Space Station Crew Offers Earthlings Year-end Message of Hope
Members of the International Space Station’s Expedition 64 crew this week offered their Earth colleagues a message of hope like no other at the end of the year.
NASA astronauts Mike Hopkins, Victor Glover, Shannon Walker and Kate Rubins, as well as astronaut Soichi Noguchi of the Japan Aerospace Exploration Agency, gathered at the station Tuesday to deliver a brief address. Everyone picked up the microphone to say a few words.
“In November, Victor, Shannon, Soichi, and I arrived aboard the SpaceX Crew Dragon, which we called Resilience,” said Hopkins.
Recognizing the impact of the ongoing pandemic, he added, “We have chosen this name as a tribute to people around the world and to the team that is helping make our mission possible in a year that has changed our entire lives. We also want to remember everyone we lost this year. “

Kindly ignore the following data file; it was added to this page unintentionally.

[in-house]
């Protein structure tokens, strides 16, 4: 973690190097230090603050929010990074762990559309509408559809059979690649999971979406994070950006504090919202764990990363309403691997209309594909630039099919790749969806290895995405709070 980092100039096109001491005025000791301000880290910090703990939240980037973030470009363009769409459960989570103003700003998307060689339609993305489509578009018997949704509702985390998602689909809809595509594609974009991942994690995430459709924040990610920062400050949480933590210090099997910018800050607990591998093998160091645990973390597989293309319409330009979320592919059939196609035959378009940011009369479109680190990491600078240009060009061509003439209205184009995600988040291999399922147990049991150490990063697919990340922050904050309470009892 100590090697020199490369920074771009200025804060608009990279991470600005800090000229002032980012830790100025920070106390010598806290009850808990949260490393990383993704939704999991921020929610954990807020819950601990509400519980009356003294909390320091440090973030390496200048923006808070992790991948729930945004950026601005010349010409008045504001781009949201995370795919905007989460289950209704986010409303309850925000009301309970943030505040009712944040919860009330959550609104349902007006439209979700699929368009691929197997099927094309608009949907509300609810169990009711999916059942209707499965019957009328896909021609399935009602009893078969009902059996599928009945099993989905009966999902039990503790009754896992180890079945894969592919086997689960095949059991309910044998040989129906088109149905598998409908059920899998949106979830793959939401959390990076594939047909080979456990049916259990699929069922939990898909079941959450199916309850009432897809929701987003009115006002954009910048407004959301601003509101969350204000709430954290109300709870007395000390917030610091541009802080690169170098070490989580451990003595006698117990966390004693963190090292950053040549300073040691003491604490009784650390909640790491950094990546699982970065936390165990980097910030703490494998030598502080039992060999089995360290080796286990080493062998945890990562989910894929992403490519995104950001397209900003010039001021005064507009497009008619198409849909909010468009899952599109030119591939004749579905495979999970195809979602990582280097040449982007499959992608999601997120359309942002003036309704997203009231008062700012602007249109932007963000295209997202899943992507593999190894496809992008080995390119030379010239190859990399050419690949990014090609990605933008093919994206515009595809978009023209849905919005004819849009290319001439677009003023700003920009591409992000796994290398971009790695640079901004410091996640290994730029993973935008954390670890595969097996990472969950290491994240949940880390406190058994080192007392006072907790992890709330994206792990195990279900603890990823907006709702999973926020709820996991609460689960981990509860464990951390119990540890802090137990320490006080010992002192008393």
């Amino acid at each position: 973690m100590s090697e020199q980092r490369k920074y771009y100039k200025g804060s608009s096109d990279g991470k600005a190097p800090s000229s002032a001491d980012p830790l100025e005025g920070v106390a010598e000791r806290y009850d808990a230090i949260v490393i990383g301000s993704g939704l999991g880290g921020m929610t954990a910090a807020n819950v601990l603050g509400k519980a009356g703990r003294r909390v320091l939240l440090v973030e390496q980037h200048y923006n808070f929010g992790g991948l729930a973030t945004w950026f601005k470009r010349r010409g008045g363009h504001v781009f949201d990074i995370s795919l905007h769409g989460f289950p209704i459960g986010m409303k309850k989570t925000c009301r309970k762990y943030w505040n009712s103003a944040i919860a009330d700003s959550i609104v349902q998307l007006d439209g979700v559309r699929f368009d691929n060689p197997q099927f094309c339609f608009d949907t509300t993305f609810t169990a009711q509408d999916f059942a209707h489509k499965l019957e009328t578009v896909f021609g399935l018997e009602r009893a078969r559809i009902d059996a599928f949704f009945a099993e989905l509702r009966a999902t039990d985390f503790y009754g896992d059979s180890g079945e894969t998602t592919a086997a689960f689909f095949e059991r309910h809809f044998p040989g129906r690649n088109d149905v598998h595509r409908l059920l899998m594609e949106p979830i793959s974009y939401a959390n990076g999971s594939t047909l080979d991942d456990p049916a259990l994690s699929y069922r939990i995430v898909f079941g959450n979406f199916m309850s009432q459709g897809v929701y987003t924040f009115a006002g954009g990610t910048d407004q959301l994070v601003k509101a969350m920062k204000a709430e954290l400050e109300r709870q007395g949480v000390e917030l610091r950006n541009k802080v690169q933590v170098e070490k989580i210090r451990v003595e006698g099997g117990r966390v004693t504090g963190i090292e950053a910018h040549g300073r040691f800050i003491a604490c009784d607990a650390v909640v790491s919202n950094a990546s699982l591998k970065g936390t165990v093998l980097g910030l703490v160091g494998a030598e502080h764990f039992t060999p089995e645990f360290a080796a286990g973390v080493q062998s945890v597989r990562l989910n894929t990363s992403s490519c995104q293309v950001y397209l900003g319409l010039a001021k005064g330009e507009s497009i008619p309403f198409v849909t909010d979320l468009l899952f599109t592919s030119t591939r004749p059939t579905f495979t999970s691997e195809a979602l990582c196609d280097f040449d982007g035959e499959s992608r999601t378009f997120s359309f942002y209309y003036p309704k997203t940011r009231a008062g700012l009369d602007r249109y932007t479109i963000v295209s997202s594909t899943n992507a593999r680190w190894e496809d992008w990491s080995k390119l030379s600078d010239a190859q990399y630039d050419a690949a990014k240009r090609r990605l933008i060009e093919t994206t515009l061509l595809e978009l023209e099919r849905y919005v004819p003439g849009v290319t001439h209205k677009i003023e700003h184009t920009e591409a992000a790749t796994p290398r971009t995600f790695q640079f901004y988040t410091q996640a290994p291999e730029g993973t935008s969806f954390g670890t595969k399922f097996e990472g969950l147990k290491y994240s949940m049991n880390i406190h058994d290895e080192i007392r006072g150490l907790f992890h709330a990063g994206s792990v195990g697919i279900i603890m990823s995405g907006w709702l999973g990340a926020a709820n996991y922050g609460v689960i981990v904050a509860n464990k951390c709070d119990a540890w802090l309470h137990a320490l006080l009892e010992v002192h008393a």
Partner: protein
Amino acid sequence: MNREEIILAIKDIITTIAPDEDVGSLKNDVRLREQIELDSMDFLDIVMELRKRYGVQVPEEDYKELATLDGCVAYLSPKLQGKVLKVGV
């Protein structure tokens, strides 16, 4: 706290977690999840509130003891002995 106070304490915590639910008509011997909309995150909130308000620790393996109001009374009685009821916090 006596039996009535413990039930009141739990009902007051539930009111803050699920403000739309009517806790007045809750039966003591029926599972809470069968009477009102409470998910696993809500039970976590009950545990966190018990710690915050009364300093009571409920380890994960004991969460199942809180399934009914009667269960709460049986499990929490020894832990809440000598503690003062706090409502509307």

Glover added that “the resilience of the human mind is something we can really celebrate this special time of year.”
By the end of the message, the five astronauts floated upside down, and the final seconds of the video showed that astronaut socks, despite all their sophisticated space gear, are indeed like earth socks.
Hopkins, Glover, Walker and Noguchi made history in November by flying the Crew Dragon’s first mission after a successful summer demonstration flight with NASA astronauts Doug Hurley and Bob Behnken.
This year NASA and its international partners celebrated 20 years of uninterrupted human occupation on the space station.
The 357 foot long space-based laboratory, orbiting about 250 miles above Earth, flies around our planet every 90 minutes and moves at an astonishing 5 miles per second.
If you’re in the right place at the right time and the sky is clear, you can easily see the space station go by above you – no telescope or binoculars required.
To date, more than 240 people from 18 countries have spent time on the International Space Station, and in July NASA celebrated its 300th space walk with American astronauts.